the young woman next to me in the ward was my polar opposite.  poor health, did not look well, and was told she pretty much definitely had cancer 2 months ago.  test, after test, after test, couldn’t find the cancer.  she had a PET scan – cancer not found. biopsies – cancer not found. after weeks of this – her pain, her poor health, and there is no indication that she did, in fact, have cancer after all, and the doctors are back at the beginning. no idea at all after weeks in hospital.

she left me some magazines for me too. i hope they find the mystery illness and that she gets better. that to me seems more terrifying than the inability to move forward. she was remarkably resilient though.

current neurotic fear list:

blood clots

heparin shots – and the stupidest thing – the heparin shots REDUCE the risk of clots.  but they sting. like seriously elizabeth? they sting?  i have a piece of metal shoved in my chest, pumping chemicals into my body that are killing my cells.  and i am complaining about a Tiny Needle?  my fears are always about this neurotic though.

my cancer cells are SO SPECIAL that they will not shrink in accordance with chemo.  (no, that’s not true. i am not a special snowflake.  this is proven, normal chemo for bowel cancer).

the very long list of very bad things that might happen to me. at the moment, there’s a few odd ones – my hands are hot, and i am really sweaty. it’s the no-poo-disaster drug, which i’ve probably only got another day out of before the poo-mageddon begins. and then there’s the bowel ulcerating/bleeding. or the heart problems. or the… you seriously don’t want to see the list. then again, i’ve seen the lists for my psych meds. they’re on a par.

on the upside – the hospital has free wifi and my little sub room has a great chair and the patient in the other half of my room is a lovely Scottish woman named Pat who is a hero and is a long way into treatment and is a great example of Getting There.  so, yeah.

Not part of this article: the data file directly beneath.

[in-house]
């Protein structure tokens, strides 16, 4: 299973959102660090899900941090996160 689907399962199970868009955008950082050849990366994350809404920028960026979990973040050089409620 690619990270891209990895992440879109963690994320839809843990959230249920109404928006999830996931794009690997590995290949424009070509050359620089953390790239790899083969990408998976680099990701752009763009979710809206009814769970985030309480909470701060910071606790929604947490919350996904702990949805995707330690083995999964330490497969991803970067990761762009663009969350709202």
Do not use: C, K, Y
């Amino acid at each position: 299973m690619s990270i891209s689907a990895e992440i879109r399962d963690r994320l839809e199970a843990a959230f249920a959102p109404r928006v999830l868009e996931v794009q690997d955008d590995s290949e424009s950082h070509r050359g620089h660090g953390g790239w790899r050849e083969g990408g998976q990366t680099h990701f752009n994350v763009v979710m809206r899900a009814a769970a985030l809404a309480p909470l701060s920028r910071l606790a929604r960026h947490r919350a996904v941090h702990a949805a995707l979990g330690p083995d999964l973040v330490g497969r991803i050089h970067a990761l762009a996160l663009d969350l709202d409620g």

About elizabeth

various things.
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4 Responses to day 1. chemo. mostly felt drunk

  1. Dani says:

    Action is good. I’ve felt sick with anxiety about things looming over me that I’ve had to do, decisions I’ve had to make, things I’ve had to tell people. It has almost always turned out for me that the doing isn’t as difficult as the anticipating made it seem. We are all incredible in our ability to just do stuff when there is no choice about the doing.

    I’m glad that for now the chemo feels doable, now that that the mystery of it has gone to some extent and it’s fathomably real. Your earlier description of just trudging through this rather than winning some epic battle seemed so apt to me, and you’ve started on the day to day of just doing it. And you know that when you are in the foetal position convinced you’re dying again there are a bunch of people around to help you to trudge through that part of the doing too.

    • veritas says:

      yep. i think it’s like running, or a big big marathon! right now, i have just started and feel fine!!! it’s just a healthy little run at the moment. it’s going to get harder and faster soon — but i have a sense of what it happening, and i can keep going.

  2. It’s great you have good doctorish and nursing support staff there. They’ll be there when you need to lean on them. They are a good mob. Be brave, be funny, be unbrave and sad. Whatever works.
    Thinking of you.

    • veritas says:

      great people. lots of leaning. today’s definitely not as easy as yesterday, and tomorrow’s going to be a bit crusty i think! but thank you so much for your thoughts.